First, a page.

I’ve also thought about those stories in which persons get rejected or opportunities to connect get ignored and, in the process, a chance to experience the wonders of God’s love in relationship are lost. I see families hold on to grudges and cut off relationships that once were warm and life-giving. I see parents who damage and sometimes even disown their own children because they are LGBTQ or because of whom they bring home for dinner. Prejudice and bigotry are everywhere, building blinders and walls between people who—if we’d just wake up—would be good friends, sharing much in common. We can allow the distractions in life—many of which might be far from frivolous!—to keep us from spending time with those we love and who love us, often thinking that we will have time later…and then life speeds by and there is no more time. And more subtly, we can get caught up in our own expectations about how our life is supposed to go and miss out on the life that is being given to us. As the saying goes, “Life is what happens while we’re busy making other plans.” Think of how much love we might miss out on if we don’t wake up to what is…
From the moment Jesus began to take shape as a human being, he revealed that for us to fully take the shape of human beings, we need to wake up to a different way of thinking and being that honors the scriptures and the rules and our responsibilities, but always in a way tempered by the law of love.
This never sat well with many of the religious folks of Jesus’ day who couldn’t let go of their interpretation of the letter of the Law and it doesn’t sit well with some today. But like it or not, Jesus created community and modeled inclusive love with the most unlikely characters—his close circle included many women, fishermen, tax collectors, zealots…basically not the usual suspects, not those who would have chosen to be together if it were just up to them, and those whose relationship broke all the rules. The authorities considered Jesus a trouble-maker and law-breaker from the moment he entered public life. But again and again, Jesus insisted that he came not to break or abolish the Law but to fulfill it. And what he taught is that the fulfillment of the Law is LOVE. (Mt 22) Jesus tried to help us understand that we can get overzealous in trying to get things right and end up getting things twisted. Jesus revealed the ways that the scriptures and the Law were used to exclude and harm instead of what they were meant for: building up the community and caring for the vulnerable. Jesus tried to help us see what it looked like to live in the tension between the letter of the Law and the law of love. He that by always being present and awake to the real people and relationships and situations that he encountered. What’s more important?—doing no “work” on the Sabbath or relieving the suffering of one of God’s children? (cf. Lk 13:10-17) What’s more in line with God’s will?—shaming a woman for her lavish gift and emotional display or recognizing and receiving the courageous love being shared in that moment? (cf. Lk 7:36-50) For Jesus, the reality of the people he encountered was always more important than any Law that would prohibit him from fully receiving the precious human being standing in front of him. He never dismissed anyone quietly. He never put anyone away. Think about—just imagine!—what would happen in our lives, in our city, if that were truly the way we all lived…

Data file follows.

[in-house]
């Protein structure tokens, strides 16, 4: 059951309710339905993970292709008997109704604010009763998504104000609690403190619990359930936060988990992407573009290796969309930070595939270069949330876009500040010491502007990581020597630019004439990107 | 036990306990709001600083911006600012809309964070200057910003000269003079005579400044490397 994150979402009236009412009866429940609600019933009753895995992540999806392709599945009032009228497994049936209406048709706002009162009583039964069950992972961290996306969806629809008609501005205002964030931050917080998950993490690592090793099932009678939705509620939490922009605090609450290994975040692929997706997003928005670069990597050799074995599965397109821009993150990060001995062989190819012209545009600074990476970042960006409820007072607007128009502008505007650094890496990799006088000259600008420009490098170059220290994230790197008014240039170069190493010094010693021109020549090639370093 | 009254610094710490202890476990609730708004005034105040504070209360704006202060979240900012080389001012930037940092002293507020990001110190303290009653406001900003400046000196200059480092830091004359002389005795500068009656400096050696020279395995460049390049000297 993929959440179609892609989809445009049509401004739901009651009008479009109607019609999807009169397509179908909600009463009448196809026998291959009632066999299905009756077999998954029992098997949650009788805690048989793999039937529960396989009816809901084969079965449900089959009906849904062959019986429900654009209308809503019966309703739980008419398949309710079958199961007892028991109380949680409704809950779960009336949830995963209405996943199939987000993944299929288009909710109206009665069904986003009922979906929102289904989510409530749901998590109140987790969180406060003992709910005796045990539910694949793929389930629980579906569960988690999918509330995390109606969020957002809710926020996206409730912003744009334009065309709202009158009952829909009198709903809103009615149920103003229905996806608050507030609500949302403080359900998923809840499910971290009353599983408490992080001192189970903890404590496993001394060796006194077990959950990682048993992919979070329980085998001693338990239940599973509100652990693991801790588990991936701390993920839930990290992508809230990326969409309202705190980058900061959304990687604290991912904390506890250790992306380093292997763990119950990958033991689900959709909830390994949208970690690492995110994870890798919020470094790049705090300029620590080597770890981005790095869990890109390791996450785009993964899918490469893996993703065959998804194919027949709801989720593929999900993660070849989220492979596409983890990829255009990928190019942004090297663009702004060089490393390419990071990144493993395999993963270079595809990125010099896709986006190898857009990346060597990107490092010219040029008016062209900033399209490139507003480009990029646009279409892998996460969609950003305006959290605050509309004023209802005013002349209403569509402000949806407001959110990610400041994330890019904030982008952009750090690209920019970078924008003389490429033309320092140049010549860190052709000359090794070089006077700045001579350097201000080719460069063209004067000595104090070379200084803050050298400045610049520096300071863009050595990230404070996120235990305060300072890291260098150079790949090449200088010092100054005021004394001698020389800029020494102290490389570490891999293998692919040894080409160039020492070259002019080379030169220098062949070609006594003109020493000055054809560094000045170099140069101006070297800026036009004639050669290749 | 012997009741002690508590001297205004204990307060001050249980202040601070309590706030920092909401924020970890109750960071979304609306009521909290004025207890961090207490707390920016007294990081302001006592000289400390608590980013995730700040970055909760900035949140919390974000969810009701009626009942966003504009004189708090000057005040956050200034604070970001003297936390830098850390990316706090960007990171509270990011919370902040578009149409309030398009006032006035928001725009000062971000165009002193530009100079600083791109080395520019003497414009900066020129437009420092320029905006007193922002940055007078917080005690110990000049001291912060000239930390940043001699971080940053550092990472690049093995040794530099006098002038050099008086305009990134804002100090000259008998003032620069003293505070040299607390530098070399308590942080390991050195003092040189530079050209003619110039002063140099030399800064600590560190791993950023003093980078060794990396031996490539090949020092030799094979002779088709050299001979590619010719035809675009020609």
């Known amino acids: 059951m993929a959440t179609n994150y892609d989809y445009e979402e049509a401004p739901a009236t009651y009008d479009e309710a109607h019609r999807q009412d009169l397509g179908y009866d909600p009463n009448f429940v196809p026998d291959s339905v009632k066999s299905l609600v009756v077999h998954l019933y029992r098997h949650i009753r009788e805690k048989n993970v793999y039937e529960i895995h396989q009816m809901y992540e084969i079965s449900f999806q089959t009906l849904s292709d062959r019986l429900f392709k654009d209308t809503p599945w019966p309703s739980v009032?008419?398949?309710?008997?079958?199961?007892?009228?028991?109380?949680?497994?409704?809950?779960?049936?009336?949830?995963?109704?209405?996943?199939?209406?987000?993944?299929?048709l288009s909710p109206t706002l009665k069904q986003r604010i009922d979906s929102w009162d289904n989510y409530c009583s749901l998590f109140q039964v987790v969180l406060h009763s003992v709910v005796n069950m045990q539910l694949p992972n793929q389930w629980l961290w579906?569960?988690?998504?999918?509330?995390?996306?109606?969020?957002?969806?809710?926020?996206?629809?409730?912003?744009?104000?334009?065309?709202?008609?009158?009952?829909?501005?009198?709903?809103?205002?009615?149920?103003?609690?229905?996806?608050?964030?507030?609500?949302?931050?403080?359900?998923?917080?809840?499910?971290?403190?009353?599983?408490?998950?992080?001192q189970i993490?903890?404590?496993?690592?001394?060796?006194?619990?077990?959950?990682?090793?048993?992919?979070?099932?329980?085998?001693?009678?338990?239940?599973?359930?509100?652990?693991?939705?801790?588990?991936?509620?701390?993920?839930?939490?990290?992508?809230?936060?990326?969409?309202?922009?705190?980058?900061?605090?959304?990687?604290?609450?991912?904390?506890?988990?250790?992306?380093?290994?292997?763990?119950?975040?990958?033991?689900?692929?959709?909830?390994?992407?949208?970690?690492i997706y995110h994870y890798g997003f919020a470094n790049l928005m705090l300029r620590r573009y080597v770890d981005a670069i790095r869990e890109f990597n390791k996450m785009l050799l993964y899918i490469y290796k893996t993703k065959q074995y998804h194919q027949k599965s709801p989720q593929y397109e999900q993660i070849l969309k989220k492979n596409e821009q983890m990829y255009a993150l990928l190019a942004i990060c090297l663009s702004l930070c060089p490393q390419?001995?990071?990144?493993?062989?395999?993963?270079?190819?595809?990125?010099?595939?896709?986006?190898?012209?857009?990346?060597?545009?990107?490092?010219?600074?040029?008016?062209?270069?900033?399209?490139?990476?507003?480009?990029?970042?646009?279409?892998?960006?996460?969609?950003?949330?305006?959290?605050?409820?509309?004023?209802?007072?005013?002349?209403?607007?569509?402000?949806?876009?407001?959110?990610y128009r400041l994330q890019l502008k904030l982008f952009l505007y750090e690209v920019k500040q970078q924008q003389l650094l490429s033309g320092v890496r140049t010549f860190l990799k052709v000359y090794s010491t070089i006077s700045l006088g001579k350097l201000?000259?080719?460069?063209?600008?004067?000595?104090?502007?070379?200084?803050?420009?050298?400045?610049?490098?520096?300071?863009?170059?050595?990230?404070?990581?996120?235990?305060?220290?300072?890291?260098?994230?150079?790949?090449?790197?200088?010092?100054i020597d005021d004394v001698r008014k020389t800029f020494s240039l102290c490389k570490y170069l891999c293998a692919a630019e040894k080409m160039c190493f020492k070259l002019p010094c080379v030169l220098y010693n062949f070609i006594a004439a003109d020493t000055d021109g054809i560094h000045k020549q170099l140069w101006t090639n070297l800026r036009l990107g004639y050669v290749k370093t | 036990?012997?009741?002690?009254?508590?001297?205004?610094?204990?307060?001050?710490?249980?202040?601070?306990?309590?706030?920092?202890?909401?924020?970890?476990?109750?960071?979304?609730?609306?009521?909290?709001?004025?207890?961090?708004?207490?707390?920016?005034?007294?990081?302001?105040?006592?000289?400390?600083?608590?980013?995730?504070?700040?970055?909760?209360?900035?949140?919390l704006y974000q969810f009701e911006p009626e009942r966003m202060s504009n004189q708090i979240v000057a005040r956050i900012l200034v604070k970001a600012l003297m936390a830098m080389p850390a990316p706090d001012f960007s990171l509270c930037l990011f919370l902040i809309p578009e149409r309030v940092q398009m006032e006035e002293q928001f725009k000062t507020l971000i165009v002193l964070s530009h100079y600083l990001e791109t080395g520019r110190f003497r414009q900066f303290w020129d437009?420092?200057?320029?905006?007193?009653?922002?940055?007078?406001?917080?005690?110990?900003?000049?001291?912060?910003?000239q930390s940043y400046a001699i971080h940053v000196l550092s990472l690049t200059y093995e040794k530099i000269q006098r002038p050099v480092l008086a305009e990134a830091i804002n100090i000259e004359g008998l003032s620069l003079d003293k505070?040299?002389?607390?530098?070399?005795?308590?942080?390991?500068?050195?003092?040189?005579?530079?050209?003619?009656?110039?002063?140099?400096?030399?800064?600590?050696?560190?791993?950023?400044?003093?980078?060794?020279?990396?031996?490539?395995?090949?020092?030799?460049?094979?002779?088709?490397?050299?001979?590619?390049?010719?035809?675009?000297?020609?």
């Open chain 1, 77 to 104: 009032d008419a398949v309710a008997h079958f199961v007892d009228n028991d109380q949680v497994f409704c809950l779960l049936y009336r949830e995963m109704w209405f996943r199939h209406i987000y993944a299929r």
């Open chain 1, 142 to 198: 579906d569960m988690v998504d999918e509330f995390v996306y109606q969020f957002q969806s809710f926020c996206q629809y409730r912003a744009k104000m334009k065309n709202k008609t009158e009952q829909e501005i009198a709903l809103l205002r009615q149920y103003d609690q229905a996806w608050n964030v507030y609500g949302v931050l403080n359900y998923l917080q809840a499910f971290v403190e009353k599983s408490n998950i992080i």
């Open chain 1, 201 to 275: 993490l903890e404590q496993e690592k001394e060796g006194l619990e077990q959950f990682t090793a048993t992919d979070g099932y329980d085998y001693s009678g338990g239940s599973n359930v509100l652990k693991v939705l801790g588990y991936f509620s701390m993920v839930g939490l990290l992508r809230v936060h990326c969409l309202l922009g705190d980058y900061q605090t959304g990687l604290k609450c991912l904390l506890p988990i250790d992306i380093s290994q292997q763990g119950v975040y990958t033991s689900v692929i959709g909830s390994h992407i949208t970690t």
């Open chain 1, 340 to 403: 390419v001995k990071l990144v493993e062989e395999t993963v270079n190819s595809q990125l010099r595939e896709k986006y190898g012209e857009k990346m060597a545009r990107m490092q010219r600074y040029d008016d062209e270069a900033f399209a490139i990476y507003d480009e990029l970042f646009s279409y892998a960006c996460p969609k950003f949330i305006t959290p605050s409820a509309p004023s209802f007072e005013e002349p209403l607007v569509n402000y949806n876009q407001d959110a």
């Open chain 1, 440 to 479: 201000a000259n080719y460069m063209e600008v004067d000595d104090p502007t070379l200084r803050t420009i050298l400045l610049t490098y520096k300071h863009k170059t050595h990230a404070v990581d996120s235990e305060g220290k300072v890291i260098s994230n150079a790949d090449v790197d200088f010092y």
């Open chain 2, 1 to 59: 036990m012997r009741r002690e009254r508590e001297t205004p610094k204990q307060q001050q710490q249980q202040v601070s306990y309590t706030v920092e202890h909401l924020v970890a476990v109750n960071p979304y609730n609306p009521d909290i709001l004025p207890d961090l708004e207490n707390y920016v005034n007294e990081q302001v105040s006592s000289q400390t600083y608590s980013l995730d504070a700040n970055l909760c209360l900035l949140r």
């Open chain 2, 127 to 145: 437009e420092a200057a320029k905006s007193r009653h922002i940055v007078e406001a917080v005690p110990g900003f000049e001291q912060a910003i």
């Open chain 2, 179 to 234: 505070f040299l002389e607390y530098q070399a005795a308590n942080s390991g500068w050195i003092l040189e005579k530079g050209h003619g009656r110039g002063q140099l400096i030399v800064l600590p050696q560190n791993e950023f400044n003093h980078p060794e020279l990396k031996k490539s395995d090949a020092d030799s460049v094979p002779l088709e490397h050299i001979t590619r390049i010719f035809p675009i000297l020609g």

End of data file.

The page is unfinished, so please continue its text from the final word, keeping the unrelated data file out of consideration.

Joseph was asleep. And while still sleeping, he received a message from God that woke him up to a new possibility, a new direction, to fresh courage, and with a heart ready to love and be loved by Mary and Jesus. Their life was an adventure and surprise from the very beginning. It wasn’t easy, it led to but it was beautiful and holy and it changed everything.
What will it take for you to wake up to the opportunities for giving and receiving love you’ve been missing? What’s getting in the way of allowing a new dream, a new vision, a new way of creating community or relationships from taking hold in your life? Where is life and love being lost while you are busy making other plans? What do you lose if you stay asleep?